By Eric K. Williams
New York – This work is a labor of love. Robert Fleming’s new book, ‘Free Jazz: Creative Originality, Controlled Surprise,’ is a beautifully displayed work. A work that would be unfair to categorize as just another ‘coffee table top’ short read, stacked alongside over-stuffed magazines. It is an unusual book about Jazz music for several reasons, mostly in that it dates from the mid-1950’s, up until 2013. A short glance, some critics will likely argue, into the vast history of the music. That glance is indeed short, when one considers the already existing body of work that chronicles a genre that continues to evolve. Author Robert Fleming has created a quick guide to the modern movements here, with a carefully selected series of albums traditionalists may well scoff at.
The new musical direction of the so-called ‘Free Jazz movement,’ followed that of Be-Bop, and is also known by several names. Those names would include ‘The Avante Garde,‘ Free Style, ‘The New Sound,‘ or simply, ‘The New Thing.’ It came to be a force, historically, right after the death of Saxophone icon, Charlie Parker. This new musical movement likely would have started anyway, even if Parker had lived, Fleming argues. Unlike the Be-Bop movement of the 1940’s, this new direction in the mid-1950’s was led by two Saxophonists of note. The two men driving this movement were, according to Fleming, Ornette Coleman and, John Coltrane, along with pianist, Cecil Taylor. All three were relative new comers to the Jazz scene. Yet, there were other notable musicians who later joined these mavericks who were not confined to the saxophone or piano.
Flemings words here are short, terse, and to the point. Absent are the paragraph-sized sentences too often used by academics, critics, and other musical historians, re-telling a sea change in both musical and cultural statements. Indeed, the musicians and their recordings made a statement by discarding the rigid confines of what was then standard in much of contemporary Jazz at the time. They took a different approach in creating new art to what Fleming describes here as “transforming the elements of harmony, melody, rhythm, and structure,” that excited, but had also led to consternation among the so-called ‘gatekeepers’ of Jazz.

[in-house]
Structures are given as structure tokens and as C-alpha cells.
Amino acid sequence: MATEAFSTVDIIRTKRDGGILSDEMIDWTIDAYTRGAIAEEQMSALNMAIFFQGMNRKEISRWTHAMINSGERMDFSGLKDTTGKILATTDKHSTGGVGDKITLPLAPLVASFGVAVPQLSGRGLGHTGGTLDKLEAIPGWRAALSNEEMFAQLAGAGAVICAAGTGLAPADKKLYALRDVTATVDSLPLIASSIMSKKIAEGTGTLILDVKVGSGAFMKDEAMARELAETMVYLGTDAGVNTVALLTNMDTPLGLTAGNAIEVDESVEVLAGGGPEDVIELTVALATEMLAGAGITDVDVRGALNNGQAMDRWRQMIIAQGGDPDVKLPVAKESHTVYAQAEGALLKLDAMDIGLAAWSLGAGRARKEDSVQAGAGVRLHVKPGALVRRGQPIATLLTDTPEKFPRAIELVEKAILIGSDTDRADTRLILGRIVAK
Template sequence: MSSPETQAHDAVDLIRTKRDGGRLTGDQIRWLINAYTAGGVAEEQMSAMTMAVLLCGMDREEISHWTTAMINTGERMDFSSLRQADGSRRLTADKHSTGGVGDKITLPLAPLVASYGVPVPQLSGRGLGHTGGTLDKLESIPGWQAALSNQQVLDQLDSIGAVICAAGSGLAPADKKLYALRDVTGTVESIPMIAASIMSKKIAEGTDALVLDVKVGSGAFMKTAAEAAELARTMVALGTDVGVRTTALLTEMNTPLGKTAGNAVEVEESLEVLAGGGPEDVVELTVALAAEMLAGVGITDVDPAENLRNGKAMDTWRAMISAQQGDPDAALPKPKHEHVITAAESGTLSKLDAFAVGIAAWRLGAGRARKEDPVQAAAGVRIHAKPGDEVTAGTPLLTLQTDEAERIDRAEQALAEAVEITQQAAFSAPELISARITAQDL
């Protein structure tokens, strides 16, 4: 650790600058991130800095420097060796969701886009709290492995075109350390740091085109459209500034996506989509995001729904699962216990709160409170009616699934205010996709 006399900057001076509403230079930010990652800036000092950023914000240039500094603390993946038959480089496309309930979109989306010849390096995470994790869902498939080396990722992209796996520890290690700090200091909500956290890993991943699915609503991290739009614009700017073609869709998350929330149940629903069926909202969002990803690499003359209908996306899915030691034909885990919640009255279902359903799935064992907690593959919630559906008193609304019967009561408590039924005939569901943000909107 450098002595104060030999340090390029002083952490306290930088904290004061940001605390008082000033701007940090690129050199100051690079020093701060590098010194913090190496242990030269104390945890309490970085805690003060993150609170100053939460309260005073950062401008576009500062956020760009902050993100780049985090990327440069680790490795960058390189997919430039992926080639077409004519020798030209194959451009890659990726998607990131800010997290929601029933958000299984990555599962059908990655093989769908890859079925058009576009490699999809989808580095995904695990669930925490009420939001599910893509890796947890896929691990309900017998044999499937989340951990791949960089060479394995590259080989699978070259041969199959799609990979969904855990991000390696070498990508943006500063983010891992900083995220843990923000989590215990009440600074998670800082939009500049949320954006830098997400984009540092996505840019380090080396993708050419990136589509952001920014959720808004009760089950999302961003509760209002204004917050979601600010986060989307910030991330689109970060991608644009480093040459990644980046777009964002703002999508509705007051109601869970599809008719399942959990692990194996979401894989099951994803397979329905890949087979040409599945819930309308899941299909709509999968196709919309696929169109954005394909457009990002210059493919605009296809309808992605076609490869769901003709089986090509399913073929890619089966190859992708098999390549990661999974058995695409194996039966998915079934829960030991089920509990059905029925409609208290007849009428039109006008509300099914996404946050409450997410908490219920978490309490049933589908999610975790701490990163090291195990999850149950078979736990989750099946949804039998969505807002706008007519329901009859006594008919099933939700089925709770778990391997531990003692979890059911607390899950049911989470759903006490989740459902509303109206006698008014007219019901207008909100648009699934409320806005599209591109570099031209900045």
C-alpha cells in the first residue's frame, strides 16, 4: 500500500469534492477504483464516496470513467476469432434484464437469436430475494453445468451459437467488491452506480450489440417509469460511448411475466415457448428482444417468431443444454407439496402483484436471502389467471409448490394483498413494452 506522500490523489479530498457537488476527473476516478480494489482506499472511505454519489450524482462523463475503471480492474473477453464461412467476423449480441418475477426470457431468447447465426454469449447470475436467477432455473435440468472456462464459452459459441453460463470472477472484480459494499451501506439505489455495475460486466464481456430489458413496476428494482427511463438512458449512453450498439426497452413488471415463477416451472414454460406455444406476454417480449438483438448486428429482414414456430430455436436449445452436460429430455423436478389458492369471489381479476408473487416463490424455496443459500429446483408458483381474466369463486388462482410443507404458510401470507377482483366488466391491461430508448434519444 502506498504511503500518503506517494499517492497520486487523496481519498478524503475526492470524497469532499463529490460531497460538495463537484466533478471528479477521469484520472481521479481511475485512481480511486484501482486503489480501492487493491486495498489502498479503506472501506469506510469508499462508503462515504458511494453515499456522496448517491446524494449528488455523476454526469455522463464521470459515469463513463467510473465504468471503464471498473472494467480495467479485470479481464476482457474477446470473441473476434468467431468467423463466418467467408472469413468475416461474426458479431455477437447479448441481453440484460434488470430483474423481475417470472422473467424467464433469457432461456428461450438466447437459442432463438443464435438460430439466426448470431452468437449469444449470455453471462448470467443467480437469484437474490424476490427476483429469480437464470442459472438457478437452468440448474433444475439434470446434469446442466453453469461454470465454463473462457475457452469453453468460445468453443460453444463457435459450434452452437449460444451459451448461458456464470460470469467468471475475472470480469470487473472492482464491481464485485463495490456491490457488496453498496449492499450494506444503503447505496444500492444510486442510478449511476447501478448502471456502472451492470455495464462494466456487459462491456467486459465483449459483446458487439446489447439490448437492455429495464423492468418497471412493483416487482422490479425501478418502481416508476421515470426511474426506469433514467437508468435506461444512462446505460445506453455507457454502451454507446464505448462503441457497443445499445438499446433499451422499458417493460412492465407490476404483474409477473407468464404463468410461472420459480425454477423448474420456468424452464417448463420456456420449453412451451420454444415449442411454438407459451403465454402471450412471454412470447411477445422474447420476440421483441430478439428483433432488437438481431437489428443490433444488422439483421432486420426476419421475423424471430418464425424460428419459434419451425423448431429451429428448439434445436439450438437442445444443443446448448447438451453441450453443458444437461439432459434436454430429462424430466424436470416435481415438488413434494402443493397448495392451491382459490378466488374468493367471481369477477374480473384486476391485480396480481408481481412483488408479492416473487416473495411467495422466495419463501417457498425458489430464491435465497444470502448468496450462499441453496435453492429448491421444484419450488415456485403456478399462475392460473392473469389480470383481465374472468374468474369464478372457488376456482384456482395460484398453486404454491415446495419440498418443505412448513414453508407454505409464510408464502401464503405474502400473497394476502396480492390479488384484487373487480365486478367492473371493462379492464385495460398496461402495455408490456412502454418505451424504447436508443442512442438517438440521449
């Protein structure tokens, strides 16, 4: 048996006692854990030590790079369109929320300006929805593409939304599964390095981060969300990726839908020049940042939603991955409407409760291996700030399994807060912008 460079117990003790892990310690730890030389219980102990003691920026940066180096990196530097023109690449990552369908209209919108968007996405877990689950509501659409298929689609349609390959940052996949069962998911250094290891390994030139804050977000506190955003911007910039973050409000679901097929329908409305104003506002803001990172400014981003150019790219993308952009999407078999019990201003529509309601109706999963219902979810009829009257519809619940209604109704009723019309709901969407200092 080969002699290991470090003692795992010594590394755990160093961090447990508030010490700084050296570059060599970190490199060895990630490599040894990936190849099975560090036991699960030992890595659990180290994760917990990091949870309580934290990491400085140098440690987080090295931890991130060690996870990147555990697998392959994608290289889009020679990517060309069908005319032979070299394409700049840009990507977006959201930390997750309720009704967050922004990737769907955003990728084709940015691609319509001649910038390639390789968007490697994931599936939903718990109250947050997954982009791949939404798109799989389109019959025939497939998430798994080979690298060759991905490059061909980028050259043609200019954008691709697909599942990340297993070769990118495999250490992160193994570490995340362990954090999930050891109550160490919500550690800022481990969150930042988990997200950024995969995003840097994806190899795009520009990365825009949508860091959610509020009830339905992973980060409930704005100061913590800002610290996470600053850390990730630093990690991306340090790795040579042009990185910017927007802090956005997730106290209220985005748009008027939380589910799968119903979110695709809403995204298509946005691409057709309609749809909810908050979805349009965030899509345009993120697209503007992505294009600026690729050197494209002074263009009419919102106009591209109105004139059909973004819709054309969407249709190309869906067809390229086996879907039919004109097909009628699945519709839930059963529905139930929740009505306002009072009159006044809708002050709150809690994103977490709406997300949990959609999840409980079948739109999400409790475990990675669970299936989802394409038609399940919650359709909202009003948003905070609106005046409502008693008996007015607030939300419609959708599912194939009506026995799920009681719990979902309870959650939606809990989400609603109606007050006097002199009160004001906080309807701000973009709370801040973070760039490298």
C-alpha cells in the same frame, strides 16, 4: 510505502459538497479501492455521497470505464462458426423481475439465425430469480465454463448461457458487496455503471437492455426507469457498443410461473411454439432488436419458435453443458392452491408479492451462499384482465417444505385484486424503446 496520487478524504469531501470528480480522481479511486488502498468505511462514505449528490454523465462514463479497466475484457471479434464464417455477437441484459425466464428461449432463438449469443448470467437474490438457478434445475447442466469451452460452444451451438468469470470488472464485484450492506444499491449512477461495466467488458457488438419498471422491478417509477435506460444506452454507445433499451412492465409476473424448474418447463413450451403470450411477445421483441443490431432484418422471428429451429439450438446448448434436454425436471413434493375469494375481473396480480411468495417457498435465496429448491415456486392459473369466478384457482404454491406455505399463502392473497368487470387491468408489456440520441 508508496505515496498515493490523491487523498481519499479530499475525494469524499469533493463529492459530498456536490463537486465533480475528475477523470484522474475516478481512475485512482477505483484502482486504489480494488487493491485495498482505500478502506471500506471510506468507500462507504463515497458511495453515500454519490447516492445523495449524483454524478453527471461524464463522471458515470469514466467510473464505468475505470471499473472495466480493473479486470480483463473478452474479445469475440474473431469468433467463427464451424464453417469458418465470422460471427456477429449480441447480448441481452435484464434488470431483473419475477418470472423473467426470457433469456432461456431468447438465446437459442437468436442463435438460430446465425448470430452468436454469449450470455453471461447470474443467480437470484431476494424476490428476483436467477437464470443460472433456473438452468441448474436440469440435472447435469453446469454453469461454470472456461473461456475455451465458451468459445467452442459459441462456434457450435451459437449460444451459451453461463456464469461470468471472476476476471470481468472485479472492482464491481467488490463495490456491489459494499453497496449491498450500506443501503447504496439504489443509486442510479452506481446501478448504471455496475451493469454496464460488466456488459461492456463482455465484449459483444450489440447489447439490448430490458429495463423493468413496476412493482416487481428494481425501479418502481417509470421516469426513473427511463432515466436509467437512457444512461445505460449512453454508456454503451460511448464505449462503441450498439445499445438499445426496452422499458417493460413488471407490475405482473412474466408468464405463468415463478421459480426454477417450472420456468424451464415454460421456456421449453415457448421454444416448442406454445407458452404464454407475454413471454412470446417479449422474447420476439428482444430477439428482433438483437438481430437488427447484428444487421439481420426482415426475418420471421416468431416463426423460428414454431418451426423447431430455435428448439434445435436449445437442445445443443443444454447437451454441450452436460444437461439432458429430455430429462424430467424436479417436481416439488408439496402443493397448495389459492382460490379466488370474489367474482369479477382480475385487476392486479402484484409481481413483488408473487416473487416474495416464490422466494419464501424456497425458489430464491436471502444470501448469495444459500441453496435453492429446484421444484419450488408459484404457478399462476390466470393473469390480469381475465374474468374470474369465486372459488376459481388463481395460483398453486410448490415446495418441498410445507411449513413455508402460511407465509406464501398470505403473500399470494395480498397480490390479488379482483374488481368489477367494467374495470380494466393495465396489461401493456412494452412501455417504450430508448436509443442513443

As to whoever those industry ‘gatekeepers’ may have been, they remained unnamed here. The naysayers of the day, such as, Louis Armstrong, Duke Ellington, and Count Basie are named, and who are framed as being among those important musicians that were ‘enlisted’ to take pot shots at the new music by these unnamed forces. What is refreshing is Fleming’s use of quotes by the musicians making the music at the time, that include not only the aforementioned Coleman, Taylor and Coltrane, but by others who were a part of the new direction. Bolstering his argument Fleming selected noteworthy Jazz voices such as bassist, Charlie Mingus, including Oliver Lake, Pharoah Sanders, Sun Ra, and Miles Davis.
Fleming keeps it simple by selecting just four categories he maintains are key to accessing this music. Those categories are: Experimental, Cultural, Political, and Spiritual. There is very little rambling here, as Fleming’s words cover a total of just 21 pages out of the 109 pages of the book’s entirety. But the best is yet to come, with beautifully recreated album covers presented here to the reader that act as an easy guide. This presentation is a stunning addition of color that splashes across each page, and draws the reader in, creating a kind of curiosity that would otherwise be absent if left only to the written word in the naming of the noted recordings of the day. It is nothing short of a brilliant stroke.
The bulk of the recordings Fleming cites, of course, cover the important decades of the 1950’s and ’60’s. He also points out how the tradition of Free Jazz was carried-over well into the rest of 20th Century, and into the first two decades of the 21st with the beautiful album cover layout that keeps the music contemporary.
Robert Fleming’s ‘Free Jazz: Creative Originality, Controlled Surprise,’ is sure to create a stir in Jazz circles, yet again. Mainly because there will certainly be those critics who will disagree with his inclusion of such important record labels as Flying Dutchman, ENJA, Delmark, and the Europe-based ECM as part of the key distributors of the genre. This reviewer is not among those critics. The handful of independent labels took a risk in bringing new music to the public that many would say was ‘untouchable.’ Wynton Marsalis is one among many of the critics who scoffs at labels such as ECM as being too esoteric. Yet, The Spritual Side of Wynton Marsalis, a 2013 release, is among the handful of recordings Fleming cites in this book as noteworthy 21st century Free Jazz statements.
Fleming’s book has received advanced praise from such noteworthy experts as Art Nixon, of the Black Arts Movement, and DeQuaye Williams, of Jazz on Jazz, for work on this project. Noted collector and Cleveland, Ohio-based musicologist, K Kelly McElroy, wrote the introduction, saying that Fleming’s work is a kind of eye opener even for him. He calls it “the most concisely logical explanation of this evolutionary musical process” he has ever read on the Free Jazz movement.
For anyone interested in the evolution of modern American Jazz, even those with a modest record or CD collection this book is a must have. Like any good story teller, whether in the form of a film, theater, or a book, Fleming leaves you wanting and asking for more.